It would be great if this election leads to a renewal of parliament – if this body led the drive for greater accountability.

In recent times, parliament has been upstaged by the courts (in handling of the textbook saga, for example) and the Public Protector. But Parliament can claw back its place as the leading body as far as protecting the interests of all South Africans are concerned. There are enough people within the ANC who are bold, who care and who have strong values to ensure a system of greater accountability. The electorate certainly believes so.

Frank Meintjies
This piece was first published in The New Age on 16 May 2013 under the headline: "ANC must start delivering".

Tuesday, 6 May 2014

Support Mathunjwa as he battles anti-strike propaganda and bias

It is time to rally in support of Joseph Mathunjwa, head of the Association of Mineworkers and Construction Workers Union (Amcu). He is no angel – such beings are very hard to find in our vexed, messy and conflict-ridden set-up. But Mathunjwa is leading a strike for a legitimate cause. It is actions such as the Amcu strike on the platinum belt that seek to fundamentally change the cheap the labour system that so much of capitalism in South Africa is so hooked on.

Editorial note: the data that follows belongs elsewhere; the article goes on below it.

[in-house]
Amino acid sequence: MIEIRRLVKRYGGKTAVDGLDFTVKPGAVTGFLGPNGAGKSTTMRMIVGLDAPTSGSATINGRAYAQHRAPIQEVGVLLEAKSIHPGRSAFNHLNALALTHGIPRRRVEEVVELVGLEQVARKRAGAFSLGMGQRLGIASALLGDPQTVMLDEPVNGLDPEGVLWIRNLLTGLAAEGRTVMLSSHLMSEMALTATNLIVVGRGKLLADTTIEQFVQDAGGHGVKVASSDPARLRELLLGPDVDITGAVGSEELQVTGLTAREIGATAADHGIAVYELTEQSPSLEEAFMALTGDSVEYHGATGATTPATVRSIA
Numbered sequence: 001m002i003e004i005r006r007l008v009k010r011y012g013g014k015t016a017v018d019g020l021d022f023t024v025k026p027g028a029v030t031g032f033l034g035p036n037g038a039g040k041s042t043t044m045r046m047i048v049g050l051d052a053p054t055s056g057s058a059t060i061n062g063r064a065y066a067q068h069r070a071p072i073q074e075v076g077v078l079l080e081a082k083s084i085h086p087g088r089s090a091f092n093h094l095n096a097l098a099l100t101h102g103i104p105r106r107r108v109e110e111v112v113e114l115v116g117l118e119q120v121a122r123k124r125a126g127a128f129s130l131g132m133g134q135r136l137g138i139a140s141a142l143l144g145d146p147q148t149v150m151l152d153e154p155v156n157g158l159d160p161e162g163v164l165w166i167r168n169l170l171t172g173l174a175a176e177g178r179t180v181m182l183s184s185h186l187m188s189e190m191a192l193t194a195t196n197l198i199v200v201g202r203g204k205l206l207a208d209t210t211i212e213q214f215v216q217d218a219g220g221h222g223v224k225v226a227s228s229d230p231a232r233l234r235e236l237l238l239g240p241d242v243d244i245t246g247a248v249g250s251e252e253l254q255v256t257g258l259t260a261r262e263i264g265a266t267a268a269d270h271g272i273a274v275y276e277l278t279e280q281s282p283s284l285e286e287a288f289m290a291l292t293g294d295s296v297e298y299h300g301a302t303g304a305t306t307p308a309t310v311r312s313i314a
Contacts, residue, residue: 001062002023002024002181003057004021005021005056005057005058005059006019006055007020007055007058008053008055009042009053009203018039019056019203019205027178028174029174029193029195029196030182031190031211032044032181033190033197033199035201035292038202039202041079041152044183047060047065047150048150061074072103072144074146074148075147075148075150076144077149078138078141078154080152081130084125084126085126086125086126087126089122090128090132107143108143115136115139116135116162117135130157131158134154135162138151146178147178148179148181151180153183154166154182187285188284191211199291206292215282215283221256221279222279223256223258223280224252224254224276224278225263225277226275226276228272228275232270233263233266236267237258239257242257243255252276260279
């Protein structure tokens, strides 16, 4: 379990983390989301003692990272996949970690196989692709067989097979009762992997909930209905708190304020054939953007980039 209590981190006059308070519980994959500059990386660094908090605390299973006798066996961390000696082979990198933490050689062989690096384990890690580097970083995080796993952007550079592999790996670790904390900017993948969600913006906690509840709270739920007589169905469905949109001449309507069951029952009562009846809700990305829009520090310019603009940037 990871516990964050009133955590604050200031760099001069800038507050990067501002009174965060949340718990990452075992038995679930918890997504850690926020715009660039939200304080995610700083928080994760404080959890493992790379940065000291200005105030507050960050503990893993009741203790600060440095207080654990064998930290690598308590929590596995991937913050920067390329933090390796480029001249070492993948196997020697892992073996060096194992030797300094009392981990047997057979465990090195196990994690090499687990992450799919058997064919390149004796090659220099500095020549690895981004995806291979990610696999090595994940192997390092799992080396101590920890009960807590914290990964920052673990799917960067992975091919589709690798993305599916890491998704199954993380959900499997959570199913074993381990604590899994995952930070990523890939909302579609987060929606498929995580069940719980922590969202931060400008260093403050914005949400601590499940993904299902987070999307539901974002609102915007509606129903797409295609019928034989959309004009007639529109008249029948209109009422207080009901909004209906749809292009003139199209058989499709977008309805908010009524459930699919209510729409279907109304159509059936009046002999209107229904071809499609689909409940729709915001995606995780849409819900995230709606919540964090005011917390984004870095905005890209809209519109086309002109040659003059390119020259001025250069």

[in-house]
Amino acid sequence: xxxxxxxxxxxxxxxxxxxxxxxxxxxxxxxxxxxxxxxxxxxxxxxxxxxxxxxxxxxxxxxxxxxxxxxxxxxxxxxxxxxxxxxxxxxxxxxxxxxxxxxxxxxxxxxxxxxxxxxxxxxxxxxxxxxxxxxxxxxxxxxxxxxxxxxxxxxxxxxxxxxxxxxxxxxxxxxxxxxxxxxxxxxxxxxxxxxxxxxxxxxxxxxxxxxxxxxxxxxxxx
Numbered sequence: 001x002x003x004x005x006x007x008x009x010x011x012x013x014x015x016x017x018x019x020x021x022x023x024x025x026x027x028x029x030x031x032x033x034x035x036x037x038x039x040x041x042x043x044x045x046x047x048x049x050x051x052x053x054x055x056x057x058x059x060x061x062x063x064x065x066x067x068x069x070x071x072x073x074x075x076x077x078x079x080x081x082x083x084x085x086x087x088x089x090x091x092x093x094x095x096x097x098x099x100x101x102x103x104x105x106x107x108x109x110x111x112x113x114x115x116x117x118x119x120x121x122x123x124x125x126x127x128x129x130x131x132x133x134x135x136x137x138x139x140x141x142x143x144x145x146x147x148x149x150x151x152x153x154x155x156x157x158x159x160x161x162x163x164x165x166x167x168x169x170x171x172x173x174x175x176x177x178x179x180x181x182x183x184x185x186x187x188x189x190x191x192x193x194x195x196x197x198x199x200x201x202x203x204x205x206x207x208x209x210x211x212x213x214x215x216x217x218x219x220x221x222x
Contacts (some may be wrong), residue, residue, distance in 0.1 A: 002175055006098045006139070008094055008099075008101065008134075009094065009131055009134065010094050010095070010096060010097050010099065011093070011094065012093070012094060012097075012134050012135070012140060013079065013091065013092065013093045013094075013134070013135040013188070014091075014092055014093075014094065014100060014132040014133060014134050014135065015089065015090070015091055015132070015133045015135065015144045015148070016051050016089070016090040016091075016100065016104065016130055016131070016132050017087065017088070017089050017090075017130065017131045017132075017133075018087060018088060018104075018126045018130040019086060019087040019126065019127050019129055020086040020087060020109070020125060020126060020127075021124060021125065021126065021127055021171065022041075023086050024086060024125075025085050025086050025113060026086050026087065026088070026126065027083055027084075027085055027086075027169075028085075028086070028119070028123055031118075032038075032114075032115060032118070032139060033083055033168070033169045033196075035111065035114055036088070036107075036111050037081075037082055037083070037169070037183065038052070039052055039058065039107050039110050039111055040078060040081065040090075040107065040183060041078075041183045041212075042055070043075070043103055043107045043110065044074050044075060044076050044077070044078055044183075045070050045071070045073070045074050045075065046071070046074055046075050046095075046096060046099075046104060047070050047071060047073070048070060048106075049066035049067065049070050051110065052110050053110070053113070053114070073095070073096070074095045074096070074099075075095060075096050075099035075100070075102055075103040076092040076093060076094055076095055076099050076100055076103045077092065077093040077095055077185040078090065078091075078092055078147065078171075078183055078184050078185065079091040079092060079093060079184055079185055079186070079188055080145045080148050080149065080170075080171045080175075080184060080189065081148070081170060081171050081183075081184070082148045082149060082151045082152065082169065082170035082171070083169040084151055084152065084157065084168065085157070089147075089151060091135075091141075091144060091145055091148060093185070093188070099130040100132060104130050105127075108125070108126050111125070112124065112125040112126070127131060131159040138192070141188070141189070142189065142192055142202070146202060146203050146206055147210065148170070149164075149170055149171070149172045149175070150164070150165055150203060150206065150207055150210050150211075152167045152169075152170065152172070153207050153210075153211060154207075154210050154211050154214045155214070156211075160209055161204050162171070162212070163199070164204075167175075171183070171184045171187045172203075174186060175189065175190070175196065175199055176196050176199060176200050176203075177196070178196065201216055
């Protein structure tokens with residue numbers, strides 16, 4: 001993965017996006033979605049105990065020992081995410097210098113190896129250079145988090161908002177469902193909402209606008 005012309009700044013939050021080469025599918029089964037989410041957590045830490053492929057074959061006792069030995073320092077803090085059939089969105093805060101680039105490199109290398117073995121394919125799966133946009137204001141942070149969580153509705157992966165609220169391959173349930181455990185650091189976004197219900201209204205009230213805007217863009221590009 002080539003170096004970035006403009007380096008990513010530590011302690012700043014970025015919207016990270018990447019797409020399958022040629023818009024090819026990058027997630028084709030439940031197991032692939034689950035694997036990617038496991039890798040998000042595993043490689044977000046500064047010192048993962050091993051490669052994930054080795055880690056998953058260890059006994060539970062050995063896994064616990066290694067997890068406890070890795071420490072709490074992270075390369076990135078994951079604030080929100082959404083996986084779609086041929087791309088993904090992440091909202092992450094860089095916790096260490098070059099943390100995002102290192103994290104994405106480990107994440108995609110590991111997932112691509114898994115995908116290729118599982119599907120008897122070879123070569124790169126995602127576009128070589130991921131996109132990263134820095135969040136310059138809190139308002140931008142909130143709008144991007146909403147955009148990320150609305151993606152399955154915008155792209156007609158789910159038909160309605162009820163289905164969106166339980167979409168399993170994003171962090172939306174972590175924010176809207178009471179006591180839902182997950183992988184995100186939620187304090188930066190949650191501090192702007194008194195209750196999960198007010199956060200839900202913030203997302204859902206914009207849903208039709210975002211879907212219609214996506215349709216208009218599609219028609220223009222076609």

The union started off by demanding a monthly basic wage of R12500. The union has – contrary to propaganda – not stuck rigidly to this demand. It has compromised and its revised demand is that the R12500 basic wage be reached in a few years time.

The hard-headed, intransigent and over-confident employers ignored this shift for a long time. In their most recent response, the employers have made an offer which effectively shifts the goalposts – they agree to provide R12500 demand by 2017 - but including all allowances. This is the opposite of good faith negotiations. All along, the wage negotiations focused on the cash component – it is disingenuous to pretend to agree to meet the unions’s demand – but to do so by counting allowances already enjoyed by workers as part of the offer.

The union held a briefing on 5 May 2014 in Johannesburg. It argued that mine bosses have not been open and transparent about what they can afford. They have in fact miscalculated the number of miners, Amcu argued, and downplayed the resources available for employee remuneration. Amcu provided information that showed that mining companies can afford the R12 500 basic salary. “There is money to pay the workers. They can afford it. The amount budgeted for wages can in fact meet the demand,” Mathunjwa said.